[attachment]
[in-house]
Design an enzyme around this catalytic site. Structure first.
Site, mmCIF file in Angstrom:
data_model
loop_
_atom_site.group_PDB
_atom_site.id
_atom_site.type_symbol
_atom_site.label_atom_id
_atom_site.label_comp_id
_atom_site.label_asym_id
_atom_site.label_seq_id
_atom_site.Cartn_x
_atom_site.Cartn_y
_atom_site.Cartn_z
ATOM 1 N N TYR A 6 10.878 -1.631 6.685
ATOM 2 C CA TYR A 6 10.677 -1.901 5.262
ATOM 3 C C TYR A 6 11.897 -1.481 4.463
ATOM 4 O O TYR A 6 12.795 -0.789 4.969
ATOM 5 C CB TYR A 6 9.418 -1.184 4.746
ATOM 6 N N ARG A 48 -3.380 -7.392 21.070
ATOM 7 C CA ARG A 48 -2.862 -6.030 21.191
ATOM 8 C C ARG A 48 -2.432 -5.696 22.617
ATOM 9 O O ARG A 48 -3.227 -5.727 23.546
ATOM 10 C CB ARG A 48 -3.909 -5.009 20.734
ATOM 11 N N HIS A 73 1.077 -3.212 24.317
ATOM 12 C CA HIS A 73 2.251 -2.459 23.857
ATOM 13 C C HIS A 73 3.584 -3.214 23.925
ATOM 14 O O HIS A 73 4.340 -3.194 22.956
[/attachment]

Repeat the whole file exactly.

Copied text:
[in-house]
Design an enzyme around this catalytic site. Structure first.
Site, mmCIF file in Angstrom:
data_model
loop_
_atom_site.group_PDB
_atom_site.id
_atom_site.type_symbol
_atom_site.label_atom_id
_atom_site.label_comp_id
_atom_site.label_asym_id
_atom_site.label_seq_id
_atom_site.Cartn_x
_atom_site.Cartn_y
_atom_site.Cartn_z
ATOM 1 N N TYR A 6 10.878 -1.631 6.685
ATOM 2 C CA TYR A 6 10.677 -1.901 5.262
ATOM 3 C C TYR A 6 11.897 -1.481 4.463
ATOM 4 O O TYR A 6 12.795 -0.789 4.969
ATOM 5 C CB TYR A 6 9.418 -1.184 4.746
ATOM 6 N N ARG A 48 -3.380 -7.392 21.070
ATOM 7 C CA ARG A 48 -2.862 -6.030 21.191
ATOM 8 C C ARG A 48 -2.432 -5.696 22.617
ATOM 9 O O ARG A 48 -3.227 -5.727 23.546
ATOM 10 C CB ARG A 48 -3.909 -5.009 20.734
ATOM 11 N N HIS A 73 1.077 -3.212 24.317
ATOM 12 C CA HIS A 73 2.251 -2.459 23.857
ATOM 13 C C HIS A 73 3.584 -3.214 23.925
ATOM 14 O O HIS A 73 4.340 -3.194 22.956